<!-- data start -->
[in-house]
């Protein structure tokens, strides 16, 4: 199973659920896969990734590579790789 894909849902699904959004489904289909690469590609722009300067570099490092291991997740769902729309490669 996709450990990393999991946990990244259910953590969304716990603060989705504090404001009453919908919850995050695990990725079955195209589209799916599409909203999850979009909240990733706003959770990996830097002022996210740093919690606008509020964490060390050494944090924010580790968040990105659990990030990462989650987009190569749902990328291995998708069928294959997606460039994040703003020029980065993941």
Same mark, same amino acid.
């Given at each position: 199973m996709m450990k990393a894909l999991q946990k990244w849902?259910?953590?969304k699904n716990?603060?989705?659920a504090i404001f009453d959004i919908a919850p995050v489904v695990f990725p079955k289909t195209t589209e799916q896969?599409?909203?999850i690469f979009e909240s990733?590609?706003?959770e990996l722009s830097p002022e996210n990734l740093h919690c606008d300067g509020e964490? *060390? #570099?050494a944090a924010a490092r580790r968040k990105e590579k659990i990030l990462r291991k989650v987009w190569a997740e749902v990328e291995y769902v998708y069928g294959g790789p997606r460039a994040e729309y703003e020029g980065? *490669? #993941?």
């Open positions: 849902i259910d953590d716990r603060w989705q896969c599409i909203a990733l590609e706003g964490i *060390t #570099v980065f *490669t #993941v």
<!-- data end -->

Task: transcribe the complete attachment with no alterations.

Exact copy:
[in-house]
């Protein structure tokens, strides 16, 4: 199973659920896969990734590579790789 894909849902699904959004489904289909690469590609722009300067570099490092291991997740769902729309490669 996709450990990393999991946990990244259910953590969304716990603060989705504090404001009453919908919850995050695990990725079955195209589209799916599409909203999850979009909240990733706003959770990996830097002022996210740093919690606008509020964490060390050494944090924010580790968040990105659990990030990462989650987009190569749902990328291995998708069928294959997606460039994040703003020029980065993941």
Same mark, same amino acid.
């Given at each position: 199973m996709m450990k990393a894909l999991q946990k990244w849902?259910?953590?969304k699904n716990?603060?989705?659920a504090i404001f009453d959004i919908a919850p995050v489904v695990f990725p079955k289909t195209t589209e799916q896969?599409?909203?999850i690469f979009e909240s990733?590609?706003?959770e990996l722009s830097p002022e996210n990734l740093h919690c606008d300067g509020e964490? *060390? #570099?050494a944090a924010a490092r580790r968040k990105e590579k659990i990030l990462r291991k989650v987009w190569a997740e749902v990328e291995y769902v998708y069928g294959g790789p997606r460039a994040e729309y703003e020029g980065? *490669? #993941?």
């Open positions: 849902i259910d953590d716990r603060w989705q896969c599409i909203a990733l590609e706003g964490i *060390t #570099v980065f *490669t #993941v």